Saturday 3 December 2016

Family may sue over Bin Laden's 'criminal killing'

Enjoli Liston

Published 12/05/2011 | 12:15

Osama bin Laden's children are considering suing US authorities in response to what they called the "criminal" killing of their father, according to a statement attributed to one of the late al-Qaida leader's sons.

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Omar bin Laden, the al-Qaida leader's fourth son, claimed that he and his siblings are reserving the right to take legal action in the US, or internationally, to "determine the true fate of our vanished father".

The statement was posted on a website and picked up by the online monitoring service SITE Intelligence Group.

Mr Bin Laden said his family were questioning "why an unarmed man was not arrested and tried in a court of law so that truth is revealed to the people of the world".

The Bin Laden siblings also saw their father's burial at sea as a "humiliation" and - in the absence of a body - the family was "not convinced" by Barack Obama's announcement that the al-Qa'ida chief was shot dead by US forces earlier this month, the statement said.

"We hold the American President Obama legally responsible to clarify the fate of our father, for it is unacceptable, humanely and religiously, to dispose of a person with such importance and status among his people, by throwing his body into the sea in that way, which demeans and humiliates his family and his supporters and which challenges religious provisions and feelings of hundreds of millions of Muslims," the statement said.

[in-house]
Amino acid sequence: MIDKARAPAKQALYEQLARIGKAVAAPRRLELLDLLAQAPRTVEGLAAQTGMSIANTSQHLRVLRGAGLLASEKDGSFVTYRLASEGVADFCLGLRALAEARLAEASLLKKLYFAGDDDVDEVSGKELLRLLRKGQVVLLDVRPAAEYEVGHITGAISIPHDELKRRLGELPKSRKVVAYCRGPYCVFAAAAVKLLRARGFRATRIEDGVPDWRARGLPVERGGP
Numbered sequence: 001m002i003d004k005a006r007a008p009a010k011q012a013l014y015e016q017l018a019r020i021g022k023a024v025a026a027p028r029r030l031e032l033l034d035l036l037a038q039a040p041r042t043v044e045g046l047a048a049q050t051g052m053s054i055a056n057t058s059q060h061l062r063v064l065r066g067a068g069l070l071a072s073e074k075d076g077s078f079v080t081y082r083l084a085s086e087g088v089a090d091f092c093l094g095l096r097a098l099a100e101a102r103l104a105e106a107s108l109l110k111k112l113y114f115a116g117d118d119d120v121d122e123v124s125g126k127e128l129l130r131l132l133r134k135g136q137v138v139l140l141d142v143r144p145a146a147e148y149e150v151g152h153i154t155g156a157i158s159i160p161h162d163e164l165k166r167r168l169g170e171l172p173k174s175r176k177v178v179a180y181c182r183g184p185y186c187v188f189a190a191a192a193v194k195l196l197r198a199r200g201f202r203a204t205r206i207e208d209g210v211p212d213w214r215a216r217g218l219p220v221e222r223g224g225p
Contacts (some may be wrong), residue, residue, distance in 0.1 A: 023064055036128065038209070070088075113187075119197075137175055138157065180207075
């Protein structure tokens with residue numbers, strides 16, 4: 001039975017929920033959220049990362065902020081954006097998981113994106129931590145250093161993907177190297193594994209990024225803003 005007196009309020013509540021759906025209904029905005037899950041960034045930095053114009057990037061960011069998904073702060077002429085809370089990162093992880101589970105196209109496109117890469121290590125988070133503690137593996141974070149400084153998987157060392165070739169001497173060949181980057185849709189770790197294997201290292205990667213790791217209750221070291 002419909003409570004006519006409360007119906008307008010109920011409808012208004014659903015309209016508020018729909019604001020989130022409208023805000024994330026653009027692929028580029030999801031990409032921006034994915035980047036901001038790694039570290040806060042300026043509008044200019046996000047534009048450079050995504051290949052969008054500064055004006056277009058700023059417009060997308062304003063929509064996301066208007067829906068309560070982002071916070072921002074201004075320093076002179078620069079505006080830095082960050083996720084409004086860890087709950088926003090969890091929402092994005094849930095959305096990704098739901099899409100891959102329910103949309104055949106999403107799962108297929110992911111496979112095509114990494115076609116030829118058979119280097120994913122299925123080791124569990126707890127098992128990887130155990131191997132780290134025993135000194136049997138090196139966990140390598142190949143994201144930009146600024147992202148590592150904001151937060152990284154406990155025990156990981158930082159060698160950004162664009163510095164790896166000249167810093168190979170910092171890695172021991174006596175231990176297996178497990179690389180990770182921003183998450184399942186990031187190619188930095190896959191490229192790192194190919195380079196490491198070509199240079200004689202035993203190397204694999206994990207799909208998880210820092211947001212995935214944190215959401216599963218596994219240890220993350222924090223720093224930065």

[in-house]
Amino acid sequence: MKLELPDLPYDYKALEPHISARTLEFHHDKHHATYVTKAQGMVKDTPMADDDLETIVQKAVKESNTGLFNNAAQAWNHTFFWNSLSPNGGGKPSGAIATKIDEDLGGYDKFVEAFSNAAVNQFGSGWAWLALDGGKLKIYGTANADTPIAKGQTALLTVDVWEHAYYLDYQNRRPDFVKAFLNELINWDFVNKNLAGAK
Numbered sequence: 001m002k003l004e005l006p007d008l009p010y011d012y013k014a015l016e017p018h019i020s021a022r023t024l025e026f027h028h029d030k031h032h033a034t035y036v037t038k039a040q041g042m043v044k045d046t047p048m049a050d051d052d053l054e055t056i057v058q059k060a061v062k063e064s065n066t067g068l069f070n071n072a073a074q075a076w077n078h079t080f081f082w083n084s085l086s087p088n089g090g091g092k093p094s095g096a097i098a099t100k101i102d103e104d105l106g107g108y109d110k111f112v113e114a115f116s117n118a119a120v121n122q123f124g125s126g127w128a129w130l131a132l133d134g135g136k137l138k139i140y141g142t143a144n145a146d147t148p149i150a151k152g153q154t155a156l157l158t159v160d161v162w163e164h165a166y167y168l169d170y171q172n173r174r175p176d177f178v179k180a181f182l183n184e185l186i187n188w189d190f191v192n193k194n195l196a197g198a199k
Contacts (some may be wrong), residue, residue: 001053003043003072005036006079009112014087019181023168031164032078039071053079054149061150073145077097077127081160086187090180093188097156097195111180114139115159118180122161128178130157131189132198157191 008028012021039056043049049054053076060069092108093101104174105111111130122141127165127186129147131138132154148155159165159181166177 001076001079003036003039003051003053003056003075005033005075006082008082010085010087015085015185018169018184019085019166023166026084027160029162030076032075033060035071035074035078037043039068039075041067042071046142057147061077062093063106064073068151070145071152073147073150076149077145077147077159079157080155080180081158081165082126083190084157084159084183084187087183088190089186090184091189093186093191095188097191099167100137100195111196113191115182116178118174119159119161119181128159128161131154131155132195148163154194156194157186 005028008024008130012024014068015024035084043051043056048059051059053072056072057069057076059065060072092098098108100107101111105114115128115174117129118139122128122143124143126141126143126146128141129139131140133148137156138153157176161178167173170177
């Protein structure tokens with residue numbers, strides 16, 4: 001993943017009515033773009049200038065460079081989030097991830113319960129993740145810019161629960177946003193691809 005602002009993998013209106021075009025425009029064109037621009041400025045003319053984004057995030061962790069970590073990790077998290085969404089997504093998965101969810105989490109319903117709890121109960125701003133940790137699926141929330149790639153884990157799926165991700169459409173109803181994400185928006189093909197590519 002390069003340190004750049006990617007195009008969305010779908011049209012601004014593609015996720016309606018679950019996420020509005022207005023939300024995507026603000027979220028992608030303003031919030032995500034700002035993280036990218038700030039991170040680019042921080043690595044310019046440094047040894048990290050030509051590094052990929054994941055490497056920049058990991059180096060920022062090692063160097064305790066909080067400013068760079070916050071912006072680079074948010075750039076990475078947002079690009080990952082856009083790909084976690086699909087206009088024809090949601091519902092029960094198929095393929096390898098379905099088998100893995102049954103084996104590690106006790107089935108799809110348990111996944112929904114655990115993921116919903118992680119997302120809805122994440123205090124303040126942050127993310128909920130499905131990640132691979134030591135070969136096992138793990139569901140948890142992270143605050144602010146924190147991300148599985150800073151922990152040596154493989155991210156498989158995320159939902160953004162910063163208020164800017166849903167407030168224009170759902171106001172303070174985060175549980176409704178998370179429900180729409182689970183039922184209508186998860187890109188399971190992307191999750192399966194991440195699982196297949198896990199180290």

Mr Bin Laden, who is thought to live in the Gulf region and has previously distanced himself from his father's activities, has not verified the statement.

The CIA announced yesterday that selected US officials will be allowed to view images of Osama bin Laden's body at the agency's headquarters, but US authorities continue to face mounting pressure to release the photographs publicly to quell persisting doubts over the al-Qa'ida leader's death in Pakistan.

US Senator John Kerry will travel to Pakistan in the coming days to try to patch up relations, which have been strained by the killing of Bin Laden without Islamabad's prior permission.

Independent News Service

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